MTs are dead, long live MXs. By 2025, no MT1,2 or 9 series message types will be accepted over the SWIFT FIN network.

The industry has decided to replace the old MT standards entirely with MX messages because they are compliant with ISO 20022 standards. The adoption of the MX format will be progressive and depends on countries or regions. In the European Union, cross-border / high value payments across the regions going into the SWIFT Network, Target2 and a few others in scope will be transitioned first in November 2022. The U.S. Federal Reserve will transition in November 2023. Both formats will coexist until 2025 (the deadline set by SWIFT), and most of MT messages will then no longer be permitted. The following figure shows the timeline planned for the interbank space.

Source: The New Era of MX Messages - Redbridge (redbridgedta.com)

From November 2022, the banking industry through SWIFT will force corporations to switch to this new messaging system, but some corporations aren’t happy about it. In particular, Mark Sutton of Zanders reached out to me, asking the question about the logic of mandating corporates to de-merge data, only for banks to merge it again in the validation process.

Specifically, the issue is a thing called the structured address block.

What’s that?

Well, it’s your address obviously. The thing is that your address has been coded in a different way in the past. Let’s say you live at 123 Acacia Avenue. The old way of coding that would be:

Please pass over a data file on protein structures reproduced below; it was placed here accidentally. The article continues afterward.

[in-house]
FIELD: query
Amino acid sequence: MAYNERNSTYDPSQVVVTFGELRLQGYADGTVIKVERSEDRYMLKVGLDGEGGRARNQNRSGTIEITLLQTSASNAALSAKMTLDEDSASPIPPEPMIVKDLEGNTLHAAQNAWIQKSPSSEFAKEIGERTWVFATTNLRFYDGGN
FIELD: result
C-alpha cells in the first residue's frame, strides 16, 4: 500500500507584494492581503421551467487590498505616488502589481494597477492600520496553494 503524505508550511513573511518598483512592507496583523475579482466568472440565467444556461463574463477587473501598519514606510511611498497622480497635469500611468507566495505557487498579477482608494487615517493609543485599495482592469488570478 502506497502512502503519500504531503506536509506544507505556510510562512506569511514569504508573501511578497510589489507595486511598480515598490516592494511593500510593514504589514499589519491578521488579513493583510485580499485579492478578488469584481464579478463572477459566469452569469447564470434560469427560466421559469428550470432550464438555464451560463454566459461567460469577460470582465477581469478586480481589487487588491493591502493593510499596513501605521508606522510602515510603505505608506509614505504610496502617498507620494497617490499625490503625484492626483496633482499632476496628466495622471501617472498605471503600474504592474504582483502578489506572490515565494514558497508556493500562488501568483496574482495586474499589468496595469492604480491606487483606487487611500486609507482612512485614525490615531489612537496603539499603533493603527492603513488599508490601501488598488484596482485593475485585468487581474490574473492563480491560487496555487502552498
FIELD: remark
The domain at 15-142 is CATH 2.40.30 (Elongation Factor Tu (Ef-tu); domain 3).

<Building Number>:     123

<Street Name>:     Acacia Avenue

According to Mark, the issues arise that (a) there is no structured tag for the street number in the new standards; and (b) software vendors globally are not supporting a fully structured address.

This is why corporations will have to spend €500,000 or more per system to comply, not including the additional costs of testing.

As Mark puts it:

In summary, what is perceived by some as a minor or acceptable change, forcing the use of the full structured [address] will represent significant impact to a large number of corporates, globally. This potential friction can be significantly reduced by simply ‘fine tuning’ the current thinking and to allow the line 1 address to be provided in a single field – either street name or address line within the … messaging standard. This would minimise the system level changes as well as the impact on master data cleansing within the corporate community and would still allow for effective screening to be completed.

It just goes to show how a small change can have a massive impact. As they say, “if a butterfly flaps its wings in the Amazonian rain forest, it can change the weather half a world away”.

Postnote:

If this subject interests you, I recommend you read Mark’s thoughts:

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Chris M Skinner

Chris Skinner is best known as an independent commentator on the financial markets through his blog, TheFinanser.com, as author of the bestselling book Digital Bank, and Chair of the European networking forum the Financial Services Club. He has been voted one of the most influential people in banking by The Financial Brand (as well as one of the best blogs), a FinTech Titan (Next Bank), one of the Fintech Leaders you need to follow (City AM, Deluxe and Jax Finance), as well as one of the Top 40 most influential people in financial technology by the Wall Street Journal's Financial News. To learn more click here...